Update: Google has also responded to the Indian Government’s call for pre-screening internet content on social networks. Responding to a query from MediaNama, a Google spokesperson has issued the following statement:

“We believe that access to information is the foundation of a free society. Google Search helps spread knowledge, enabling people to find out about almost anything by typing a few words into a computer.  And services like YouTube and Google+ help users to express themselves and share different points of view.  Where content is illegal or breaks our terms of service we will continue to remove it.”

Yesterday, Google had clarified that it would not remove content just because its controversial as it believed that people’s differeing views, as long as they’re legal and don’t violate its policies, should be respected and protected.

Earlier: Social networking giant Facebook has responded to Indian government’s request to prescreen and eliminate “objectionable” user generated content stating that it understands the government’s interest in minimizing abusive content online, however it wants to keep Facebook as a free and neutral platform where people can discuss thing freely and it already has policies and on-site features that enable people to report abusive content, reports NDTV. The company further added that it will remove any objectionable content that is hateful, threatening, incites violence or contains nudity, which violates their terms.

Previously, the New York Times’ India Ink blog had reported that Indian government has asked ISPs and sites like Facebook, Google, Yahoo and Microsoft to “prescreen” user generated content from India. Following this, India’s acting telecommunications minister Kapil Sibal had stated in a press conference earlier today that the government doesn’t believe in censorship but instead they were seeking co-operation from the intermediaries to develop mechanisms on their own to ensure that defamatory, obscene and inflammatory material are removed as soon as they know about it.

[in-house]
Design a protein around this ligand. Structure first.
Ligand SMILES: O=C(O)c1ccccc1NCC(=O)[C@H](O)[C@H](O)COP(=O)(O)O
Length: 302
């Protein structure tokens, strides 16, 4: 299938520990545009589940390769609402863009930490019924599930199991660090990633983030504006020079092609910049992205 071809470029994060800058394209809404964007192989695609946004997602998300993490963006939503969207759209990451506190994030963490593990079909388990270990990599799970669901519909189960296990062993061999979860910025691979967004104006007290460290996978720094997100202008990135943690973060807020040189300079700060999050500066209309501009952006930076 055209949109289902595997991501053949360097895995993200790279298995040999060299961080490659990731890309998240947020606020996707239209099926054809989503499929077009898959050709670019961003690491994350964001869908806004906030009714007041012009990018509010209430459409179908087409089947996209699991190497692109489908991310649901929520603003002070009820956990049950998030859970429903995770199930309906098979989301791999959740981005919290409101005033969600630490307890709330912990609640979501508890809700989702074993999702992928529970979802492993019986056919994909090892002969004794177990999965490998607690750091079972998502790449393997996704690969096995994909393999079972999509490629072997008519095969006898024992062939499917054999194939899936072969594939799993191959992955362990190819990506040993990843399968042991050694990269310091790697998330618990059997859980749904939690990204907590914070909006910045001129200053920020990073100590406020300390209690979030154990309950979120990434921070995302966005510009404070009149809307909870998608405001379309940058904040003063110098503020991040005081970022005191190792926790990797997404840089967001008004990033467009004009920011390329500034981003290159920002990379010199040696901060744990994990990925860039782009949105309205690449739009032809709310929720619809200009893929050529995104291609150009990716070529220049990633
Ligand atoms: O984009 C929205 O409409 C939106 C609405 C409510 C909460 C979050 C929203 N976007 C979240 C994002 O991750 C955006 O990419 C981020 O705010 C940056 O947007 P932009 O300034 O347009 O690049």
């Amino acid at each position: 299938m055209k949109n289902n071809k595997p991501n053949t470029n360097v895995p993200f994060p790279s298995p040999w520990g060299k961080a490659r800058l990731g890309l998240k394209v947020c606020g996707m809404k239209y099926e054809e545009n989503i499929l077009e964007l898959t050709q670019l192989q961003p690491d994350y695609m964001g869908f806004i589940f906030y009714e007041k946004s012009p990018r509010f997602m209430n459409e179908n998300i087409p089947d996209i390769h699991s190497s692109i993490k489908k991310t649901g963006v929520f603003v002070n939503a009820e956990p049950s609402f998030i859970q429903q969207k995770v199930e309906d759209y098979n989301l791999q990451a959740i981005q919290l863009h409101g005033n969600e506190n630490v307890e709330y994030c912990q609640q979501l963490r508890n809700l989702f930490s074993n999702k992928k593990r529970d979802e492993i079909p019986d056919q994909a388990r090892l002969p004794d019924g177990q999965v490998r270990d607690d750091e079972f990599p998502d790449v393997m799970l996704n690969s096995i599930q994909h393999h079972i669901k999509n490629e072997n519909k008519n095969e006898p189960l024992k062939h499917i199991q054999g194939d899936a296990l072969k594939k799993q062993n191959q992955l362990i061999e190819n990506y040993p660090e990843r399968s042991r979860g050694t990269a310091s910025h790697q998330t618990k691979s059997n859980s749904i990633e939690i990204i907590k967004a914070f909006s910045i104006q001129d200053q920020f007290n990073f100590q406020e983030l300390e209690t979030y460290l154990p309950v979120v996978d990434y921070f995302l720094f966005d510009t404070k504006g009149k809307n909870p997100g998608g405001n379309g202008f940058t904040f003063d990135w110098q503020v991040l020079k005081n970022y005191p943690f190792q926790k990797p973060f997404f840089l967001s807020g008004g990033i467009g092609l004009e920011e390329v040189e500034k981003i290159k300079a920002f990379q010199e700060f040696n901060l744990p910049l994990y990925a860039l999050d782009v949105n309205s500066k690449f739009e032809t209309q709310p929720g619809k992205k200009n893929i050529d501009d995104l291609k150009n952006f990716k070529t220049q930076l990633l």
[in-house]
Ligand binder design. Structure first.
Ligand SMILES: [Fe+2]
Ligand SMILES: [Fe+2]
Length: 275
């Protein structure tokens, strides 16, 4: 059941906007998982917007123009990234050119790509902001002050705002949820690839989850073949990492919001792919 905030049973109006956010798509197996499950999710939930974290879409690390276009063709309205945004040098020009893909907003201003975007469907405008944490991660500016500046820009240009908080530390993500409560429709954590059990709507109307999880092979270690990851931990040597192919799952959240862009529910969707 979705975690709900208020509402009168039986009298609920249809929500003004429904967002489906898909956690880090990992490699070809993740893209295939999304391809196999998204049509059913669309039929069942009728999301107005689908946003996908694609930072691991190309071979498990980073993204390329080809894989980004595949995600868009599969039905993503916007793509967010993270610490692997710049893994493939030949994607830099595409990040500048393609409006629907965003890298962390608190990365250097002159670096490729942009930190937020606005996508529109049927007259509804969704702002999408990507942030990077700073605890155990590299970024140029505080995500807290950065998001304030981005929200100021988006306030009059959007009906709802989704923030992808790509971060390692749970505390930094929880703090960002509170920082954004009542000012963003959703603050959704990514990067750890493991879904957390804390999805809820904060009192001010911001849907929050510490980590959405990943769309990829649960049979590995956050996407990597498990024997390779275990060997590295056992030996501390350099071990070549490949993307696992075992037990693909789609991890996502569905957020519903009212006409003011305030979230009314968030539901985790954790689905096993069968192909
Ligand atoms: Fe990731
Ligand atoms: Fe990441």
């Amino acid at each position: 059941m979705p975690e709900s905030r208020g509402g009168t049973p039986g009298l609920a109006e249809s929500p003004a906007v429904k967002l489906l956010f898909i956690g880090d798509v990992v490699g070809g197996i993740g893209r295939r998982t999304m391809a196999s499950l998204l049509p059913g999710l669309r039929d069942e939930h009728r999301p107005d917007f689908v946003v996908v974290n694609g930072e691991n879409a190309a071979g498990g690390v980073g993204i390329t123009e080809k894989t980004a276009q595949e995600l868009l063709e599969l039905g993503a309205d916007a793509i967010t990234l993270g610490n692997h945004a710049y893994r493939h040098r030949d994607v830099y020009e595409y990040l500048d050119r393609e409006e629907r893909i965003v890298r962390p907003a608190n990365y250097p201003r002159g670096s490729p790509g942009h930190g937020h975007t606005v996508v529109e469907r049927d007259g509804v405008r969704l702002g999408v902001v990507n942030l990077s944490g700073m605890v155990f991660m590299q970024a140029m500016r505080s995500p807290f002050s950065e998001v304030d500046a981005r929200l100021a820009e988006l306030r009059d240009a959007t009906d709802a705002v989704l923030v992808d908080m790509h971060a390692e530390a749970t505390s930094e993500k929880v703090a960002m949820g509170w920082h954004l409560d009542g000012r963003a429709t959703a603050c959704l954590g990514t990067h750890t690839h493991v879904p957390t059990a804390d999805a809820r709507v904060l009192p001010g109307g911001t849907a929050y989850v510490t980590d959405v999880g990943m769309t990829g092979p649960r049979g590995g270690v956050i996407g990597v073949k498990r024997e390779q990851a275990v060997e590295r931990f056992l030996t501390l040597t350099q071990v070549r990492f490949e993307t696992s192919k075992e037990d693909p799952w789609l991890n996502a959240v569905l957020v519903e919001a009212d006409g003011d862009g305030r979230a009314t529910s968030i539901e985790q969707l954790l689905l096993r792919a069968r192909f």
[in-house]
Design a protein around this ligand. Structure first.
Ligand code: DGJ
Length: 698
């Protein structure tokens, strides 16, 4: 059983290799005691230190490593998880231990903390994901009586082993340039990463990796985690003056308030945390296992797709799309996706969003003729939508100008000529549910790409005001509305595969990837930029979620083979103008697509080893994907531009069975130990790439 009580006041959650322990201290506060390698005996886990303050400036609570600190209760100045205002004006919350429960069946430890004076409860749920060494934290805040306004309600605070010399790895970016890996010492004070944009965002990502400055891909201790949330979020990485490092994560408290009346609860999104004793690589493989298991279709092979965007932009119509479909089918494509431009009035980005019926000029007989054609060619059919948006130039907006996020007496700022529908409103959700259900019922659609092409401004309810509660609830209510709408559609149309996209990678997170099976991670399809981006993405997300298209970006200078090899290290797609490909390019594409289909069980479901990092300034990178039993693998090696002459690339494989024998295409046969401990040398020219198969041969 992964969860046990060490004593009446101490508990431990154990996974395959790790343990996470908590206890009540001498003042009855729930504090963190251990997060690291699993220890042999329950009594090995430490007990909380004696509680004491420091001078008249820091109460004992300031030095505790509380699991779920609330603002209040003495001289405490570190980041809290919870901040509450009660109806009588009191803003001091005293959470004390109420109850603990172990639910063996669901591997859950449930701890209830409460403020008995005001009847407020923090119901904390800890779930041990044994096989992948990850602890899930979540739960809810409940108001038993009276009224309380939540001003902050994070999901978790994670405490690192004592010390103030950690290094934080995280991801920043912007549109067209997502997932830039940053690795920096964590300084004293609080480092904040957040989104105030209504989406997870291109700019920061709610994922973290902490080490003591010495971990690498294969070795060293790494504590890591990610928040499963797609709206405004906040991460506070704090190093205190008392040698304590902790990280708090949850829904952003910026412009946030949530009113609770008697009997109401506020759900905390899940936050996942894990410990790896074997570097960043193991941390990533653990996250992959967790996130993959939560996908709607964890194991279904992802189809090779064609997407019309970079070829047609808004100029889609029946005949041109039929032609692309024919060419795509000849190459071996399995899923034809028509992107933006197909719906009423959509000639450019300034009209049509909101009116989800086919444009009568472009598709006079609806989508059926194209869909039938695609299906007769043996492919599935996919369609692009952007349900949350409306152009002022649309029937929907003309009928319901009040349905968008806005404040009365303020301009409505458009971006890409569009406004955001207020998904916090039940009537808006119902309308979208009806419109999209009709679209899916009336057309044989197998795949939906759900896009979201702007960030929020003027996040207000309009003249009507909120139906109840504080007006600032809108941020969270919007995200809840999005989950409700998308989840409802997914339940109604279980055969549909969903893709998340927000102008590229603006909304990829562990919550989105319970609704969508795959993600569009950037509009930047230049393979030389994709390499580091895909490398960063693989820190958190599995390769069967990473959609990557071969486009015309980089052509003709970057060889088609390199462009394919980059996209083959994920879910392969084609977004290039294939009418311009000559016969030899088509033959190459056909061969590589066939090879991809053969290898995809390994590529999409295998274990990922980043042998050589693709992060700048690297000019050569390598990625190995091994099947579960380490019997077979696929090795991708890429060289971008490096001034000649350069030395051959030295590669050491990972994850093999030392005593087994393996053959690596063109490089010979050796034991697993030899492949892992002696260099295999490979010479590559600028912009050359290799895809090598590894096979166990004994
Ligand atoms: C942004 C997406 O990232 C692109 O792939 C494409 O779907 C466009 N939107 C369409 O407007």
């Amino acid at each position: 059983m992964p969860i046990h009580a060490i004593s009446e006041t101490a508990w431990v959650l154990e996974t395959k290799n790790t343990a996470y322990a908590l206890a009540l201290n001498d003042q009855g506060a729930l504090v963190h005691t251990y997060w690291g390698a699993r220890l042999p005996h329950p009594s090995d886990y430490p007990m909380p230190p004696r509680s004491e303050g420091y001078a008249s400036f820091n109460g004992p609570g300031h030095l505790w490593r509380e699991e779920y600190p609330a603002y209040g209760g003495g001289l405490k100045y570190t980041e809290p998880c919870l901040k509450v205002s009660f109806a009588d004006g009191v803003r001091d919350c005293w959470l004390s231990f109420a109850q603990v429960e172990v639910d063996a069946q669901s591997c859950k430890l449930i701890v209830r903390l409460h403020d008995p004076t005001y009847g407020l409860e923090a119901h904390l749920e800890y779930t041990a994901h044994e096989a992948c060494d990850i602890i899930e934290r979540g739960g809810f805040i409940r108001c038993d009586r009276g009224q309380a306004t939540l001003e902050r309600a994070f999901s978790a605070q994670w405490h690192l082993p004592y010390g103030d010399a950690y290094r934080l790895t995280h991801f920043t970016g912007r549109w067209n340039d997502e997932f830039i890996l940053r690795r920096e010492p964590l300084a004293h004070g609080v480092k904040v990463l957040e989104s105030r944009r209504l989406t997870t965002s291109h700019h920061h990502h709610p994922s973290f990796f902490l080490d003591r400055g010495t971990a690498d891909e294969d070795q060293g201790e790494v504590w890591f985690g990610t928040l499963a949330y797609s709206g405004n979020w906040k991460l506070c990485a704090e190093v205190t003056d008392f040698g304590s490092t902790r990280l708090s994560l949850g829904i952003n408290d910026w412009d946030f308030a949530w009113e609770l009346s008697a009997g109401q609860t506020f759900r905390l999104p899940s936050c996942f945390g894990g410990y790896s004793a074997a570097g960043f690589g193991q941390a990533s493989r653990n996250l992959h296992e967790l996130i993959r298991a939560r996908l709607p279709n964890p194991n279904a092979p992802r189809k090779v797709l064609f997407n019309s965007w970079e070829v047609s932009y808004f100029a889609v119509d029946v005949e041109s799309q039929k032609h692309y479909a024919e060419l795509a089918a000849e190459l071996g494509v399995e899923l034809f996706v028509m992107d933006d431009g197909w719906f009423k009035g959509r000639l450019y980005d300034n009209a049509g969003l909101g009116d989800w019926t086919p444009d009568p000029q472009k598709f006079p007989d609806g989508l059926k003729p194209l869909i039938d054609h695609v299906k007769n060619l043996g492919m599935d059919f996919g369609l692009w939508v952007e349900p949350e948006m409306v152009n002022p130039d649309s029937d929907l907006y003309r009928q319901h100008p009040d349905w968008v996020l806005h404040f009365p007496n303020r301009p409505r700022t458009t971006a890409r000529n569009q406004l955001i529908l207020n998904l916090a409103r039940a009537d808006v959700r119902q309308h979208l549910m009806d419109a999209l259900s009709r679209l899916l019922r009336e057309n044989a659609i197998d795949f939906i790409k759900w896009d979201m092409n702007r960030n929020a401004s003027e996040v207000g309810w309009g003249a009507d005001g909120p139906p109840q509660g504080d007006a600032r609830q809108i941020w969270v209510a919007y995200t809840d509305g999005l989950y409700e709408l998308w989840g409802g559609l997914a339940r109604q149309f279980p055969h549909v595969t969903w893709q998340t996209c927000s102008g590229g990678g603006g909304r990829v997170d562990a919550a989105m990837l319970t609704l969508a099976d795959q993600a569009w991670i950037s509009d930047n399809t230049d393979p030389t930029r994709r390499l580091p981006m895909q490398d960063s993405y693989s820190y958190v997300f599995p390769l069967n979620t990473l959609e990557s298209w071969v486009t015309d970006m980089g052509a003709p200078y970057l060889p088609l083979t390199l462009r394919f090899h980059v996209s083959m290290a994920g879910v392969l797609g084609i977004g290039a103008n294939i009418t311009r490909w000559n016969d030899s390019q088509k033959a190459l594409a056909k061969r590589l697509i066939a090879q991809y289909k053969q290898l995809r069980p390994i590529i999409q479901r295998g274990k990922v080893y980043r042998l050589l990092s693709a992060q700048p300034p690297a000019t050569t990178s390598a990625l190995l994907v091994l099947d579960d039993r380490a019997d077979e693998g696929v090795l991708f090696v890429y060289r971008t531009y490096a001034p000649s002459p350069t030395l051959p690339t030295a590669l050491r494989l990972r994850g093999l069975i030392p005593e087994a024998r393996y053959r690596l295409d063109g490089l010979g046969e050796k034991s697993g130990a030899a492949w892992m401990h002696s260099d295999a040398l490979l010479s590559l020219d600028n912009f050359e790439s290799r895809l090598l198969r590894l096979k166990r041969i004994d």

Indian Govt. VS Internet Companies

Sibal informed that he had met representatives from companies like Google, Facebook, Yahoo, and Microsoft on 5th September, 2011 and had asked them to come up with an appropriate solution in four weeks. He claimed that he followed it up with multiple reminders on 3rd October and 19th October which were met with no response. Following this, Department of Information and Technology’s Secretary Chandrashekar, reportedly conducted a meeting with these companies to formulate a framework for the disablement of objectionable material and came up with a draft framework for the same. Kapil Sibal claimed that the companies had agreed orally to several clauses of the framework but were non-committal on paper. On 29th November, Kapil Sibal reportedly asked for their written responses and a week later, i.e. on 5th December, the companies responded back saying that they cannot do anything, indicating that US community standards apply to their platforms.

Kapil Sibal further added that companies were also hesitant in providing email data pertaining to terrorists, and some of them had even moved to court, possibly indicating Yahoo India’s case in the Delhi High Court against the government. He finally stated that they are currently working on a solution within the government, which will ensure that objectionable content is not allowed, stressing on that fact that the Indian government does not want to interfere with the freedom of the press.


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